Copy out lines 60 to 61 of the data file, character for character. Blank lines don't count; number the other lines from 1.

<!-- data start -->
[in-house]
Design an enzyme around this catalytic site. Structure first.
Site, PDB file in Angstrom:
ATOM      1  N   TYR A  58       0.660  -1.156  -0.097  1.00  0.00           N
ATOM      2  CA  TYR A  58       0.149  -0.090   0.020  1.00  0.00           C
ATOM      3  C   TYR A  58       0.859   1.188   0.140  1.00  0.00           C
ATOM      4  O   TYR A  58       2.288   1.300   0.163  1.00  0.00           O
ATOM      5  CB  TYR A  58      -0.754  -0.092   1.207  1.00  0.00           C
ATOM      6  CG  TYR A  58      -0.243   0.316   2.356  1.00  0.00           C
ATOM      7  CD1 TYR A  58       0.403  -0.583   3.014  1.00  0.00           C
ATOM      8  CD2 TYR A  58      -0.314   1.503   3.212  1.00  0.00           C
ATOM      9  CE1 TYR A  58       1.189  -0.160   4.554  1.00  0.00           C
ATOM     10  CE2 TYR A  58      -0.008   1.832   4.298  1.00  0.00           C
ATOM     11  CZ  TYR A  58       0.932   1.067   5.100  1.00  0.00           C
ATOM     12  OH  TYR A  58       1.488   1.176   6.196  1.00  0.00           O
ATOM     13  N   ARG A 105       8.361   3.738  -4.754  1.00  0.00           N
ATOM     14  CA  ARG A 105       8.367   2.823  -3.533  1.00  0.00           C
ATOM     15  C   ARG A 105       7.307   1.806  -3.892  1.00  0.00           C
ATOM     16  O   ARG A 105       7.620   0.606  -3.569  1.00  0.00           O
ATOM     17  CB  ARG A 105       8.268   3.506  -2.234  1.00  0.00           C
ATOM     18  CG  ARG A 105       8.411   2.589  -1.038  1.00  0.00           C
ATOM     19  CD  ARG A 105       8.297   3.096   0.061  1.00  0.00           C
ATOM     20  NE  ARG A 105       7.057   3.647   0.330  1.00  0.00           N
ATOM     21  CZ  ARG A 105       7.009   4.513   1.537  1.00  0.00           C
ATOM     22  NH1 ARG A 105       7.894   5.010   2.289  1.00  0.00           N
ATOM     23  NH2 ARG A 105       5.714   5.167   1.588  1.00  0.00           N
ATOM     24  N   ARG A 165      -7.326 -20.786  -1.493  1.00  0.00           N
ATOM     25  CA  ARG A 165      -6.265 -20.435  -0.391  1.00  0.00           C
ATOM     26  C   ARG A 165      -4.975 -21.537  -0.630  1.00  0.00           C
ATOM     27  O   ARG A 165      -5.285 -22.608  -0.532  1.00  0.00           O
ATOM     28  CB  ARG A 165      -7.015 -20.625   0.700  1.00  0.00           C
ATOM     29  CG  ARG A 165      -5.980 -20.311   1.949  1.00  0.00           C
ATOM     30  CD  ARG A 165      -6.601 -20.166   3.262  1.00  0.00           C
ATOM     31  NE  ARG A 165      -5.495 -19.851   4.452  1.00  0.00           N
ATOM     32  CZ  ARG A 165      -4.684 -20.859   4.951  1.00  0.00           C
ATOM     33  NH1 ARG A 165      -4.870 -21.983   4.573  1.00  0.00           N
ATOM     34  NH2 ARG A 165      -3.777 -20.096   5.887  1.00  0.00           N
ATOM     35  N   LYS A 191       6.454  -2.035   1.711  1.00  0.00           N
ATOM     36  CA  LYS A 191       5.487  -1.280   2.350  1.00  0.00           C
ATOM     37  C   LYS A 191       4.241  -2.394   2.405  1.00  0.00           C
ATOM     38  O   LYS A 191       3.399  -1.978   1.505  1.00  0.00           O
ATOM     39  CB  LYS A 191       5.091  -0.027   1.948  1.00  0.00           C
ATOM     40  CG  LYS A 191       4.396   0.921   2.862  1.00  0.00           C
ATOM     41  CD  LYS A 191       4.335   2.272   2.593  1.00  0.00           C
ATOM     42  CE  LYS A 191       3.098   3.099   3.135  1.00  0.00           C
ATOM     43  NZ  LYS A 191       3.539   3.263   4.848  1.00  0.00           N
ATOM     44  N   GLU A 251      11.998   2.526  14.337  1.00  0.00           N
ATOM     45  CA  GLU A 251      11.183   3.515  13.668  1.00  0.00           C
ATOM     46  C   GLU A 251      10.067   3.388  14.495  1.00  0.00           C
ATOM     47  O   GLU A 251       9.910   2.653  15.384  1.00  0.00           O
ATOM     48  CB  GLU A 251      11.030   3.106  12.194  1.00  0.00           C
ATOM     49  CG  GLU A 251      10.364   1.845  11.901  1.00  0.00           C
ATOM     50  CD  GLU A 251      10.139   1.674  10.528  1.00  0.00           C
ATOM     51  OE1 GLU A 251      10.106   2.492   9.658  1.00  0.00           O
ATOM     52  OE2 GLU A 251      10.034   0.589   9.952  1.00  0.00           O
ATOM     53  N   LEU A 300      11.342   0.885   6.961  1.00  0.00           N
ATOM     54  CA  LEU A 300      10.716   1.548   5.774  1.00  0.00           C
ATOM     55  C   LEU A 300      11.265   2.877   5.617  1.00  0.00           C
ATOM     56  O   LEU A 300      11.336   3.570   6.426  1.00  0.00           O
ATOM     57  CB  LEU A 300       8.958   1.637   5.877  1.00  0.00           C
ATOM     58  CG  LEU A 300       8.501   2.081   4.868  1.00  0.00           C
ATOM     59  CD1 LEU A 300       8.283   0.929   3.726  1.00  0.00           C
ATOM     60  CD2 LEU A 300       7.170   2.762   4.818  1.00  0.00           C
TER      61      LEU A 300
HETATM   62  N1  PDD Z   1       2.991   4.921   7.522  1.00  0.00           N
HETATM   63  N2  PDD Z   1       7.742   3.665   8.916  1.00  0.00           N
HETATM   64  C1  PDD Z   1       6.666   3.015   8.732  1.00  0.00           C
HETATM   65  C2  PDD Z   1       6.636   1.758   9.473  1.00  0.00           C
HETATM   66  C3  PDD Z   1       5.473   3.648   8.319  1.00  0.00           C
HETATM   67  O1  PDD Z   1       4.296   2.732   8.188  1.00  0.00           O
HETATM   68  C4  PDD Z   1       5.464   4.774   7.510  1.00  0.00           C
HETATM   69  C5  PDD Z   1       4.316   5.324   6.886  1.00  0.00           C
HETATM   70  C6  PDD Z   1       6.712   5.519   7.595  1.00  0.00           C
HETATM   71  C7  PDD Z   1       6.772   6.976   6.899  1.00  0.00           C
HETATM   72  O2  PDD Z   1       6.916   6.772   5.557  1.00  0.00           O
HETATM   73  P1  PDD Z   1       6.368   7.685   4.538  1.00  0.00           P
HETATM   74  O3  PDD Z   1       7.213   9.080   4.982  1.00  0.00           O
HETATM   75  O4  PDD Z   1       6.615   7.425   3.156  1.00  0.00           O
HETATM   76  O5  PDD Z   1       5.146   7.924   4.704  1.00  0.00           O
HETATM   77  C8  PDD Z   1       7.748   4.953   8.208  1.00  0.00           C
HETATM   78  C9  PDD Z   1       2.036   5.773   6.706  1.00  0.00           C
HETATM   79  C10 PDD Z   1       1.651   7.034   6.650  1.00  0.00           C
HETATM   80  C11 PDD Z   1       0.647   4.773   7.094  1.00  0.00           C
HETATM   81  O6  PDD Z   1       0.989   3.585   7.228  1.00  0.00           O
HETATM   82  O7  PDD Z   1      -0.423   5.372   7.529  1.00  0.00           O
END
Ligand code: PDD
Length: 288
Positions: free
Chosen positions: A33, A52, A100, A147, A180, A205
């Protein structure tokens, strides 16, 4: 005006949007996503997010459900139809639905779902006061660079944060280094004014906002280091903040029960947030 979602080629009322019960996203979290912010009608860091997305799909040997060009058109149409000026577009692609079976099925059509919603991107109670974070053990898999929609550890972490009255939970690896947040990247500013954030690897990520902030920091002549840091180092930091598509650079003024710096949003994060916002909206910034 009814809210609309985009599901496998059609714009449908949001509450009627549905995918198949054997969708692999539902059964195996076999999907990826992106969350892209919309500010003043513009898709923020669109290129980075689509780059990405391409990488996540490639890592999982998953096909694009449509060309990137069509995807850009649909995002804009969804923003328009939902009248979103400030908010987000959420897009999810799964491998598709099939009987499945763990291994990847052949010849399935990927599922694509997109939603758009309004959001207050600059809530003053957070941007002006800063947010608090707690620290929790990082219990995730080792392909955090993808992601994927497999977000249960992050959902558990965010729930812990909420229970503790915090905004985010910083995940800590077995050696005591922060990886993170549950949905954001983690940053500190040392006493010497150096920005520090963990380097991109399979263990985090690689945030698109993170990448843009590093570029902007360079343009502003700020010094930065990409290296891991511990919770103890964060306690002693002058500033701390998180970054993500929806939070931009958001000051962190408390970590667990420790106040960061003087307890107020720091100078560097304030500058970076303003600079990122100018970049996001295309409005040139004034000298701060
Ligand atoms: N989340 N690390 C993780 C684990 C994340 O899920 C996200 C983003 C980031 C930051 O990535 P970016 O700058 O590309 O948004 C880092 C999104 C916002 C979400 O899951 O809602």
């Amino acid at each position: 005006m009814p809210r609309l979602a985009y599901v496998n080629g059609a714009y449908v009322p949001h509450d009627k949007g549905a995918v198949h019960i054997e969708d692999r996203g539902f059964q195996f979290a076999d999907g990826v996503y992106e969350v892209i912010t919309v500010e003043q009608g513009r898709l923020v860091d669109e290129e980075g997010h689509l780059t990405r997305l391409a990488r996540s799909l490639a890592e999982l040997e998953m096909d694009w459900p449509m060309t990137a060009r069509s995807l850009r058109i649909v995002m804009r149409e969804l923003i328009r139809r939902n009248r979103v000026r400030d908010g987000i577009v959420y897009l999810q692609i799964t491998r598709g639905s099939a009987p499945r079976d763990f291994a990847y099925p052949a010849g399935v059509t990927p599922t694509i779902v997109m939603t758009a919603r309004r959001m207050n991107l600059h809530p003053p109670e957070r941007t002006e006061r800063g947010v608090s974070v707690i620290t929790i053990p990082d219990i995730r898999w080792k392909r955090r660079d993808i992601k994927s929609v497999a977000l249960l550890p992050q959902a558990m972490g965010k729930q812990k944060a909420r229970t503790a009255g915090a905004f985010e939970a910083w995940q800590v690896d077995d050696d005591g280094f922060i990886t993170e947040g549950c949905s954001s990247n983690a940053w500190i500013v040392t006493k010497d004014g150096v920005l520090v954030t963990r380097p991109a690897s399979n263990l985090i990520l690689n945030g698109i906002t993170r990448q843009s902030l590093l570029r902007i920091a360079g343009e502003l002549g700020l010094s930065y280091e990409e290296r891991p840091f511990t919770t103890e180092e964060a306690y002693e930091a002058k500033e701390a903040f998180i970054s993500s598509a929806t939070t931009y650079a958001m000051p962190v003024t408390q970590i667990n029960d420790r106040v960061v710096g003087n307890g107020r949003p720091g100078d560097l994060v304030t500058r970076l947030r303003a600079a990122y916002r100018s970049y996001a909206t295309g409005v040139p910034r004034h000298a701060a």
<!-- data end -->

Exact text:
ATOM     57  CB  LEU A 300       8.958   1.637   5.877  1.00  0.00           C
ATOM     58  CG  LEU A 300       8.501   2.081   4.868  1.00  0.00           C